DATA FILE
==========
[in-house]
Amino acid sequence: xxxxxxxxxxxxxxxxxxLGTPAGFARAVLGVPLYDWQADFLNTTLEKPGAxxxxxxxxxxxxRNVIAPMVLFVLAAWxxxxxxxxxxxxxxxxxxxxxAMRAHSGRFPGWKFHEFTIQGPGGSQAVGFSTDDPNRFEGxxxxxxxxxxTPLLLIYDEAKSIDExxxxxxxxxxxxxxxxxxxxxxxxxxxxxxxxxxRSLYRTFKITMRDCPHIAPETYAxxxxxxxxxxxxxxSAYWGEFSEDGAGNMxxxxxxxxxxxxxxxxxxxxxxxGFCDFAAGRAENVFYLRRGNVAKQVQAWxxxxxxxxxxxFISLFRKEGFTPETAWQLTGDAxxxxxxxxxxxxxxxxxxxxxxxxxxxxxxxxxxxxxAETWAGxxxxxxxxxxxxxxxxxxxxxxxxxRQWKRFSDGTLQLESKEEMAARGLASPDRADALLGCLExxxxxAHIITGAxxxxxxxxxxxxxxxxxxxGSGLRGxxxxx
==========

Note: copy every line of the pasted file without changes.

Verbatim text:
[in-house]
Amino acid sequence: xxxxxxxxxxxxxxxxxxLGTPAGFARAVLGVPLYDWQADFLNTTLEKPGAxxxxxxxxxxxxRNVIAPMVLFVLAAWxxxxxxxxxxxxxxxxxxxxxAMRAHSGRFPGWKFHEFTIQGPGGSQAVGFSTDDPNRFEGxxxxxxxxxxTPLLLIYDEAKSIDExxxxxxxxxxxxxxxxxxxxxxxxxxxxxxxxxxRSLYRTFKITMRDCPHIAPETYAxxxxxxxxxxxxxxSAYWGEFSEDGAGNMxxxxxxxxxxxxxxxxxxxxxxxGFCDFAAGRAENVFYLRRGNVAKQVQAWxxxxxxxxxxxFISLFRKEGFTPETAWQLTGDAxxxxxxxxxxxxxxxxxxxxxxxxxxxxxxxxxxxxxAETWAGxxxxxxxxxxxxxxxxxxxxxxxxxRQWKRFSDGTLQLESKEEMAARGLASPDRADALLGCLExxxxxAHIITGAxxxxxxxxxxxxxxxxxxxGSGLRGxxxxx